BRADENTON -- The sun was hot. The music was smokin'.
The second annual Bradenton Blues Festival started in near-record temperatures Saturday afternoon, and shade was hard to come by.
"We got here early, before the music started, just so we could pick a spot in the shade," said Bob Weintraub of Bradenton, who was at the festival with his sons Mark and Larry, and their wives Sara and Renee.
The pockets of shade were mostly around the periphery of the festival area, at the main Pavilion on the Bradenton Riverwalk. But no one was complaining. Six hours of phenomenal blues music made up for any discomfort.
Doug Jordan made the trip all the way from Viera, near Melbourne, to come to the blues fest.
"I have a friend that lives here, and he knows how I feel about the blues," Jordan said. "So he told me I had to get over here."
Jordan was not at all disappointed, and said he loved the performances.
"Some of them make me want to move, some of them make me want dance and some of them are just nice to listen to," Jordan said.
Jordan, however, was not among the crowd sitting in front of the stage.
"My friend is sitting out there, but when you have had one bout with skin cancer you tend to stay cautious," Jordan said.
Hans Fehr, of Bradenton, braved the heat to be close to the music.
"Can you bring a couple clouds?" Fehr said.
With temperatures that climbed into the low 80's and not a cloud in the sky, the unseasonably warm temperature was the only complaint.
Dave Gustafson, director of the Bradenton Downtown Development Authority, was lending a helpful hand pouring beer at the beverage tent.
"This is Bradenton, you do what it takes," Gustafson said.
The Bradenton DDA was a hosting sponsor of the event, which Gustafson said he thought was twice as big as last year. The event took months of planning and seemed to run without a hiccup.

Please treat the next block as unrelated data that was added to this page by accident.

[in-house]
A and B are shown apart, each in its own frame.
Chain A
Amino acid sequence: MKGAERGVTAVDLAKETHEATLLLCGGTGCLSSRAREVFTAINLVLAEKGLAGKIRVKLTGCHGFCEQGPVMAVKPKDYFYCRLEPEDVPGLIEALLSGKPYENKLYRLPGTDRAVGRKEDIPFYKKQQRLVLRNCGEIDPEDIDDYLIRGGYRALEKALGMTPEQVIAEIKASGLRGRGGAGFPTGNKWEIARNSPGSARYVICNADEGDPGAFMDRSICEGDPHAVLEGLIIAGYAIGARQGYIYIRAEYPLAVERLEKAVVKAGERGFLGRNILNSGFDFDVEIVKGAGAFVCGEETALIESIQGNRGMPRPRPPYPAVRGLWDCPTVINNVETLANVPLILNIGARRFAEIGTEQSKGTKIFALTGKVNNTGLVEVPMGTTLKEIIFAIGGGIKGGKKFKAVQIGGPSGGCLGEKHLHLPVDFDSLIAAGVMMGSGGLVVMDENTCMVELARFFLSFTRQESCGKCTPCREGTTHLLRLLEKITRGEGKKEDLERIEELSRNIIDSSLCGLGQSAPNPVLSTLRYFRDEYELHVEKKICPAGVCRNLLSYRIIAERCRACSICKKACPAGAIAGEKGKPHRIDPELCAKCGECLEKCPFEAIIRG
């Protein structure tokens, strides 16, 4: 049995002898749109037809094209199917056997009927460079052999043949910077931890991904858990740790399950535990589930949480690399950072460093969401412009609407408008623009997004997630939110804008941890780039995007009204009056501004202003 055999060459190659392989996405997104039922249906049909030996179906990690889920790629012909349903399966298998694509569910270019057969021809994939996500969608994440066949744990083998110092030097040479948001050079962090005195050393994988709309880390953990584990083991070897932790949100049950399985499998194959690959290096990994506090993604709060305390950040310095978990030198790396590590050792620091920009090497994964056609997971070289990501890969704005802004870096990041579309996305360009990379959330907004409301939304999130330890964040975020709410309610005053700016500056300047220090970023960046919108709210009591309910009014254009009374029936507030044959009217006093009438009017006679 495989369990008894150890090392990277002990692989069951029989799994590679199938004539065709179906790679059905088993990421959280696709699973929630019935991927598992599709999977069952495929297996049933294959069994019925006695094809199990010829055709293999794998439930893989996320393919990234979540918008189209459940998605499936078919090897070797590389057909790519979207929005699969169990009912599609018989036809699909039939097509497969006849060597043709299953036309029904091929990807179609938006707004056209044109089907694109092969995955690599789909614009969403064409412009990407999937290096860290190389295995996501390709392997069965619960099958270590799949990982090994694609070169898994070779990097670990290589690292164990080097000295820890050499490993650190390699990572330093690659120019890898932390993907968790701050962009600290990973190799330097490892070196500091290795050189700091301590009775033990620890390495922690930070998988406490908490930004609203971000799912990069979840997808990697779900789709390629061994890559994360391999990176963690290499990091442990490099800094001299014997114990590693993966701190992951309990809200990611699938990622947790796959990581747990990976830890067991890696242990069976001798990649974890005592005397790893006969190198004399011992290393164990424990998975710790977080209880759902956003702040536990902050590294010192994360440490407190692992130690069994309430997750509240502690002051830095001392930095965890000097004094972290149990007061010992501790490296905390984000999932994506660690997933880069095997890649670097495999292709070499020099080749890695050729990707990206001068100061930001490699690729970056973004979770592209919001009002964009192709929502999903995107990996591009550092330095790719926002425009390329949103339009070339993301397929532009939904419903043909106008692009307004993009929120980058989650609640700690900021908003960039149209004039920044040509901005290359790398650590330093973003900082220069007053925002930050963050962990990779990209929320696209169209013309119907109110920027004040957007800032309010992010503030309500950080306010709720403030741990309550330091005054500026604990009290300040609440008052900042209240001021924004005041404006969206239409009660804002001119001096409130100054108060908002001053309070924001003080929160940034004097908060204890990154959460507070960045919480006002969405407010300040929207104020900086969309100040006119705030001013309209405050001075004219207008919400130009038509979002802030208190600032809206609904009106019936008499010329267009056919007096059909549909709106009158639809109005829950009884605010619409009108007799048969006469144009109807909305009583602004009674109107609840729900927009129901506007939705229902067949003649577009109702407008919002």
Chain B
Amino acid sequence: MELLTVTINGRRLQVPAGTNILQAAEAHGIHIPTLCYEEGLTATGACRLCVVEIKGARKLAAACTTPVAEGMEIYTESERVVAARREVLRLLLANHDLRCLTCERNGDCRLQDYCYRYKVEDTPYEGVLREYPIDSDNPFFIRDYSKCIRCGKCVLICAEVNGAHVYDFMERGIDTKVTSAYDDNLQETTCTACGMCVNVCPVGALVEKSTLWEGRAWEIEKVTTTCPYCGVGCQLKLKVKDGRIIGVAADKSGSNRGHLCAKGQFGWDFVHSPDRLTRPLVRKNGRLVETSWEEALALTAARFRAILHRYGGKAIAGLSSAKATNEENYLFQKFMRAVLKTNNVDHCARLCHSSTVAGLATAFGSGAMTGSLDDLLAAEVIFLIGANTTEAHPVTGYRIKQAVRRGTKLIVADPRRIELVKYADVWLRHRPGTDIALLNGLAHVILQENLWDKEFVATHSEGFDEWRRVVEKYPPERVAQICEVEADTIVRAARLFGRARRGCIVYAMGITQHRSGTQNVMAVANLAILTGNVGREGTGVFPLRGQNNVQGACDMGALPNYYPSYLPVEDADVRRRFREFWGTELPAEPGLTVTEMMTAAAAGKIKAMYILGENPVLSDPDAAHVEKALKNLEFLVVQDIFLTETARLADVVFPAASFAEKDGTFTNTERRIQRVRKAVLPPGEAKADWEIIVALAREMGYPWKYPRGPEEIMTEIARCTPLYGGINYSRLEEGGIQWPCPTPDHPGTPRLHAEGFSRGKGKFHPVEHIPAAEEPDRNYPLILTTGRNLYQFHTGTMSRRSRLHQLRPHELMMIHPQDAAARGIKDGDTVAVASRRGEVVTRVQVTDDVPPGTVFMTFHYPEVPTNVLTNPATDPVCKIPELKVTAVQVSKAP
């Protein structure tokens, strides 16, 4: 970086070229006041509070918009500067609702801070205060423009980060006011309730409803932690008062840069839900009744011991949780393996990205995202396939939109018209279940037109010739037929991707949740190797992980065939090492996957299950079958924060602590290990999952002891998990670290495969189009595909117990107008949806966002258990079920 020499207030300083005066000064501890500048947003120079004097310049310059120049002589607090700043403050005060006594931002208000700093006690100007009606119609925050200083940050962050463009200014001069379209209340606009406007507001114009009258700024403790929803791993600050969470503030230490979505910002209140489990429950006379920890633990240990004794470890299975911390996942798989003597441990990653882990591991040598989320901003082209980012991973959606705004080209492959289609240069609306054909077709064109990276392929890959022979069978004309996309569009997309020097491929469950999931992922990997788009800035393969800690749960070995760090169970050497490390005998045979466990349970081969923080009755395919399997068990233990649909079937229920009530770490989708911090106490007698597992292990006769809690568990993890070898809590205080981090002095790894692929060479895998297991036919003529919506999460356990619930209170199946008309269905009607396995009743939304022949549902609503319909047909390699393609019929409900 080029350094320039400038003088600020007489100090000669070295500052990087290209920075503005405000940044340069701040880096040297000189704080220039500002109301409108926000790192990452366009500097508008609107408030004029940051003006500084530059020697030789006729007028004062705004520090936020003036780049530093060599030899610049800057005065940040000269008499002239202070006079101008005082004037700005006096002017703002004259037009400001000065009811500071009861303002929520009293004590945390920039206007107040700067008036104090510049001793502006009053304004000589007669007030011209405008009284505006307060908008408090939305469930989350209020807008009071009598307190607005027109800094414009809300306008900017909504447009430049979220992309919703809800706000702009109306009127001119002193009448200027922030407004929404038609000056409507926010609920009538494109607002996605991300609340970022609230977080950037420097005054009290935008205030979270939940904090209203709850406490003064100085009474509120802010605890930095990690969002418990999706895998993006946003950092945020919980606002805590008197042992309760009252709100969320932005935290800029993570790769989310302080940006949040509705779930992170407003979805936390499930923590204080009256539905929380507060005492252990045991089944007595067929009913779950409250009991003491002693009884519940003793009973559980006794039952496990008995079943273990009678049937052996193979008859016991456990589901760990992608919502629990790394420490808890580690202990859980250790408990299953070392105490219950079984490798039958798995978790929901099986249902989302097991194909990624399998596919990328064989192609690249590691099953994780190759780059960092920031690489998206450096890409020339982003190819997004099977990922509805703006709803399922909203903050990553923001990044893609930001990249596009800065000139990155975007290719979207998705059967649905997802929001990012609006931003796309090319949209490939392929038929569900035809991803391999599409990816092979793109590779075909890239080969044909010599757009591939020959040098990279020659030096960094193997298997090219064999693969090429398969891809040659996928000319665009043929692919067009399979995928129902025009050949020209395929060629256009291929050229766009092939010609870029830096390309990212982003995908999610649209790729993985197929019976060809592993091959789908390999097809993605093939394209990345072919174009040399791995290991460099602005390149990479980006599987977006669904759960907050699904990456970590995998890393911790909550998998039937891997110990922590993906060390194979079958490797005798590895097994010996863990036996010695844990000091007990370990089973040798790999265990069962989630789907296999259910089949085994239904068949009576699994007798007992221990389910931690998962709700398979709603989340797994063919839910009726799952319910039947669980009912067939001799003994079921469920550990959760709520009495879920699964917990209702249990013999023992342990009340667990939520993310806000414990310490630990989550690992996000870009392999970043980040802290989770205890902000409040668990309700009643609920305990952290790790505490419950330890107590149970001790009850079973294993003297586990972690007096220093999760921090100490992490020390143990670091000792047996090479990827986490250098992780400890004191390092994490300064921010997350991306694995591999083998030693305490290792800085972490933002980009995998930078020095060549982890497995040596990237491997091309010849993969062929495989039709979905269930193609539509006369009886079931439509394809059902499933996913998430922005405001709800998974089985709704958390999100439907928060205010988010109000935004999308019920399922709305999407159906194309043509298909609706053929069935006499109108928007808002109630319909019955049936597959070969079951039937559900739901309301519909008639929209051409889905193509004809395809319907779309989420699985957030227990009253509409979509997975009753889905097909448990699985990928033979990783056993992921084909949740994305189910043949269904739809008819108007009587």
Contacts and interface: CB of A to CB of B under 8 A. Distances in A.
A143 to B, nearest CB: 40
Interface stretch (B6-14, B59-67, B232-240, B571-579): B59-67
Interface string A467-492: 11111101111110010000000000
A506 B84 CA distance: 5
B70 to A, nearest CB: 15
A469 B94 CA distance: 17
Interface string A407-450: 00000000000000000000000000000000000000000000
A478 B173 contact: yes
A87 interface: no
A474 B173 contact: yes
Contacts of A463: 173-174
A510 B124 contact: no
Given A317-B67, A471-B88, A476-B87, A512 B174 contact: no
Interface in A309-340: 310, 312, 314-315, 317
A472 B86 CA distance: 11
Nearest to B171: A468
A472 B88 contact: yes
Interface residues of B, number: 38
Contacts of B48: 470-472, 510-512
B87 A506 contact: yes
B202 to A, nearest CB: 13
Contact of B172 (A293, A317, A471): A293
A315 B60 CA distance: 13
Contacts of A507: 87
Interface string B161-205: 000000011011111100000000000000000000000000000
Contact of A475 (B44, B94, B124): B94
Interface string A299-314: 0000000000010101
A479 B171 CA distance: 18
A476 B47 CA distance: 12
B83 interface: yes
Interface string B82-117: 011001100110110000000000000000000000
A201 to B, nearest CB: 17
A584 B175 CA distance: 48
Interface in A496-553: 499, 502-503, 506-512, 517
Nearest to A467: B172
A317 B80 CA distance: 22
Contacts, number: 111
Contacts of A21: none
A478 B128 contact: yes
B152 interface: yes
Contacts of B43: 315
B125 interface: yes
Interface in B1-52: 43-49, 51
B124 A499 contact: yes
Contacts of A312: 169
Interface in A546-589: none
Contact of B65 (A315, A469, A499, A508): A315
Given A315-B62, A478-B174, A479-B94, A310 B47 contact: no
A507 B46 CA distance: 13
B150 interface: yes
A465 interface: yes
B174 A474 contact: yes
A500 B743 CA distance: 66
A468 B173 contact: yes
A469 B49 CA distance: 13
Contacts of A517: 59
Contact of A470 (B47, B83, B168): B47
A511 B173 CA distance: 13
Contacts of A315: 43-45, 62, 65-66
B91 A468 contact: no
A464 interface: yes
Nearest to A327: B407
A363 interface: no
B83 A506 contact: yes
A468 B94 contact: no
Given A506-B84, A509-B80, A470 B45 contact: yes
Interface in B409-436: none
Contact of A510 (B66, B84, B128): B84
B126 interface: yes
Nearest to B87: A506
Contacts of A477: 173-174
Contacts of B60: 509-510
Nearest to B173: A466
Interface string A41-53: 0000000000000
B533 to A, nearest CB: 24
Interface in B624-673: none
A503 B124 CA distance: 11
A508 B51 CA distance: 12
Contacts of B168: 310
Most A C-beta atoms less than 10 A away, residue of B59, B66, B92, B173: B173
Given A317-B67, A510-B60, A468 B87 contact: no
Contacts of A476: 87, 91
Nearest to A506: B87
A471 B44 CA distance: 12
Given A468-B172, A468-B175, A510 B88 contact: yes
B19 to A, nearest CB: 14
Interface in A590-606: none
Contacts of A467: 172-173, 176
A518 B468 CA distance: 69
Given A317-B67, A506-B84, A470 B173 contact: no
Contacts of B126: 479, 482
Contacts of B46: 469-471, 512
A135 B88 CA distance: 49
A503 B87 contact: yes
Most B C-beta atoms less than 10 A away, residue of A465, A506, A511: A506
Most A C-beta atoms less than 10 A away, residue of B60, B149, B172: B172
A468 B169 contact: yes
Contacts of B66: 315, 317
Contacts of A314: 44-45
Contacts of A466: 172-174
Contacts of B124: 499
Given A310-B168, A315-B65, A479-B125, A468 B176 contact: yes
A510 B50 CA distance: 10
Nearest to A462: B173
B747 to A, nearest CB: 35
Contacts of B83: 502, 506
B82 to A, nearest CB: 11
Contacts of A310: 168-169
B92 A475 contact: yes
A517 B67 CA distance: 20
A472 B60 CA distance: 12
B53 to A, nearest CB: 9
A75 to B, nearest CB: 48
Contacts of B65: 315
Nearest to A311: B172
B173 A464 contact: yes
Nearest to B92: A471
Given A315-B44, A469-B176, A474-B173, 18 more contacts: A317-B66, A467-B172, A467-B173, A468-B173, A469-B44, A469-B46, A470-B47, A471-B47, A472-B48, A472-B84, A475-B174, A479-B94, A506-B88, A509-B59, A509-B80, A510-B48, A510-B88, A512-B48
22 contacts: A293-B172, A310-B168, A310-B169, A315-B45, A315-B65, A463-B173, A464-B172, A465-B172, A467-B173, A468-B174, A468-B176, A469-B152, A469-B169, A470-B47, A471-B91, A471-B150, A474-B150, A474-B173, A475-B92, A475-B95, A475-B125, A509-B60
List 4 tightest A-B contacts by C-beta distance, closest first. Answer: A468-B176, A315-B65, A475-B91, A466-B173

Paul Benjamin, who booked all the acts for the festival this year and last, denied that the crowd was twice as big this year, and practically scoffed at Bradenton Mayor Wayne Poston's estimate that it was three times bigger.
"We wouldn't have room to put three times as many people," he said. "We had 3,200 last year, and this year we're looking at 3,500. It's 300 more people, not three times as many people."
The numbers didn't include the people who opted to stay outside the festival area, listening to the music but not seeing the musicians.
Some sat all day on the grass just outside the fences, where shade was more abundant, and listened. Howard Pruitt of Palmetto did that because he wanted to spend the day with his dog Damien.
Brenda and Bill Dunlap, seasonal Bradenton residents and devoted blues fans, bought tickets last year but this time opted to listen from afar.
"We're in the shade, we're reading, we brought a picnic lunch," Brenda said. "To tell you the truth I'm glad we didn't buy tickets."
But it was the music, not ticket sales or the weather, that really mattered to the crowd. And the music was phenomenal, whether it was in the mid-day heat or in the evening coolness that settled in as the last two acts, Eddie Shaw & the Wolfpack and Shemekia Copeland, took the stage.
Shaw and his band, who used to play with Howlin' Wolf, shook the crowd with a straight shot of Chicago Blues, including Howlin' Wolf's classic "Little Red Rooster" and Robert Johnson's "Sweet Home Chicago."
Ellenton native Jesse Yawn, who moved back to the area a few years ago after a career of playing the blues in the Baltimore area, sang with Shaw on "Everyday I Have the Blues."
Chicago singer Copeland started her set with a powerful version of her own song "Dirty Water" and kept the intensity high through her whole set.
Among the other crowd favorites was Trampled Underfoot, a Kansas trio made up of three siblings. But guitarist Nik Schebelen had to skip the festival because his wife was having a baby. Danielle and Kris Schnebelen enlisted guitarist Albert Castiglia, who had opened the festival, to play guitar. A highlight of their set was a rousing version of Led Zeppelin's "Rock and Roll."
Several of the musicians said that soon after last year's festival, the word spread around the blues community about how well-run the festival was, and how great the weather was in Bradenton in early December. Benjamin, who books acts for blues festivals all over the country, said the nation's best blues artists are eager to play the Bradenton Blues Festival.
"I could book next year's festival tomorrow," he said.